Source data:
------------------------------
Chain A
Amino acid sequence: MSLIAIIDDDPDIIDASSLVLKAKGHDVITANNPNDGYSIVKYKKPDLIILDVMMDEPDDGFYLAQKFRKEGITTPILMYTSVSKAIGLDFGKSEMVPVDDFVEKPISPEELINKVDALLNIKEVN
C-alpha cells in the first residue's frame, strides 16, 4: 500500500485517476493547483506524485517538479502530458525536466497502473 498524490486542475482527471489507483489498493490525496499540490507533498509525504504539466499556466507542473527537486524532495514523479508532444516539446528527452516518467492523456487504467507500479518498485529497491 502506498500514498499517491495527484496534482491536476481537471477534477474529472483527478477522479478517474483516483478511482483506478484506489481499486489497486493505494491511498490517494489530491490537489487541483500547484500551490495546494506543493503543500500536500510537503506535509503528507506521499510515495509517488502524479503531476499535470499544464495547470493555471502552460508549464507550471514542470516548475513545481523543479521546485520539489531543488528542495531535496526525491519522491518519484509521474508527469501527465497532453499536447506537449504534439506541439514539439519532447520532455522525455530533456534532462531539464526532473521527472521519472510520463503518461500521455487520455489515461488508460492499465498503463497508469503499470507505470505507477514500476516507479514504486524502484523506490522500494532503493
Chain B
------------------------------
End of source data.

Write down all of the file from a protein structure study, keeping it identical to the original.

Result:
Chain A
Amino acid sequence: MSLIAIIDDDPDIIDASSLVLKAKGHDVITANNPNDGYSIVKYKKPDLIILDVMMDEPDDGFYLAQKFRKEGITTPILMYTSVSKAIGLDFGKSEMVPVDDFVEKPISPEELINKVDALLNIKEVN
C-alpha cells in the first residue's frame, strides 16, 4: 500500500485517476493547483506524485517538479502530458525536466497502473 498524490486542475482527471489507483489498493490525496499540490507533498509525504504539466499556466507542473527537486524532495514523479508532444516539446528527452516518467492523456487504467507500479518498485529497491 502506498500514498499517491495527484496534482491536476481537471477534477474529472483527478477522479478517474483516483478511482483506478484506489481499486489497486493505494491511498490517494489530491490537489487541483500547484500551490495546494506543493503543500500536500510537503506535509503528507506521499510515495509517488502524479503531476499535470499544464495547470493555471502552460508549464507550471514542470516548475513545481523543479521546485520539489531543488528542495531535496526525491519522491518519484509521474508527469501527465497532453499536447506537449504534439506541439514539439519532447520532455522525455530533456534532462531539464526532473521527472521519472510520463503518461500521455487520455489515461488508460492499465498503463497508469503499470507505470505507477514500476516507479514504486524502484523506490522500494532503493
Chain B